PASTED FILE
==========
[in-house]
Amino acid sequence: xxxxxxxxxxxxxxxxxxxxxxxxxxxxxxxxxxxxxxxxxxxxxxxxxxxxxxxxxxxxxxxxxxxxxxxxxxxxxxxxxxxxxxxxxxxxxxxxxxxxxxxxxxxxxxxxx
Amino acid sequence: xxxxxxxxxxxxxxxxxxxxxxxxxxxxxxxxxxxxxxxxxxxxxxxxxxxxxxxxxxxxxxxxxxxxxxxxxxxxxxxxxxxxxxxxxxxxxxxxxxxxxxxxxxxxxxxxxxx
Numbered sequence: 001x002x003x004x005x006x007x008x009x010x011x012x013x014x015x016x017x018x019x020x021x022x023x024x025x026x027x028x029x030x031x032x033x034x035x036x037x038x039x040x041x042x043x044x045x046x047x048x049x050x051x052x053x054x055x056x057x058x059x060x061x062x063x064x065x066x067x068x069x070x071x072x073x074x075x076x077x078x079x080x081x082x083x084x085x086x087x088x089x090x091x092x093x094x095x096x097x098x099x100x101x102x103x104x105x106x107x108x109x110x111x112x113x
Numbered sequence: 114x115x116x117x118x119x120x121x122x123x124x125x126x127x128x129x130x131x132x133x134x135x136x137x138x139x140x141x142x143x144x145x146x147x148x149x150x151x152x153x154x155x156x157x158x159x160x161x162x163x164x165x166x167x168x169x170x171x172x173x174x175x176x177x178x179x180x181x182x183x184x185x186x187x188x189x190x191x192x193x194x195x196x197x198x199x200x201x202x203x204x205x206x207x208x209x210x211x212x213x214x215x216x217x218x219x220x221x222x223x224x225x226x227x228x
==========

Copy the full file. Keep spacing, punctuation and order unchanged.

[in-house]
Amino acid sequence: xxxxxxxxxxxxxxxxxxxxxxxxxxxxxxxxxxxxxxxxxxxxxxxxxxxxxxxxxxxxxxxxxxxxxxxxxxxxxxxxxxxxxxxxxxxxxxxxxxxxxxxxxxxxxxxxx
Amino acid sequence: xxxxxxxxxxxxxxxxxxxxxxxxxxxxxxxxxxxxxxxxxxxxxxxxxxxxxxxxxxxxxxxxxxxxxxxxxxxxxxxxxxxxxxxxxxxxxxxxxxxxxxxxxxxxxxxxxxx
Numbered sequence: 001x002x003x004x005x006x007x008x009x010x011x012x013x014x015x016x017x018x019x020x021x022x023x024x025x026x027x028x029x030x031x032x033x034x035x036x037x038x039x040x041x042x043x044x045x046x047x048x049x050x051x052x053x054x055x056x057x058x059x060x061x062x063x064x065x066x067x068x069x070x071x072x073x074x075x076x077x078x079x080x081x082x083x084x085x086x087x088x089x090x091x092x093x094x095x096x097x098x099x100x101x102x103x104x105x106x107x108x109x110x111x112x113x
Numbered sequence: 114x115x116x117x118x119x120x121x122x123x124x125x126x127x128x129x130x131x132x133x134x135x136x137x138x139x140x141x142x143x144x145x146x147x148x149x150x151x152x153x154x155x156x157x158x159x160x161x162x163x164x165x166x167x168x169x170x171x172x173x174x175x176x177x178x179x180x181x182x183x184x185x186x187x188x189x190x191x192x193x194x195x196x197x198x199x200x201x202x203x204x205x206x207x208x209x210x211x212x213x214x215x216x217x218x219x220x221x222x223x224x225x226x227x228x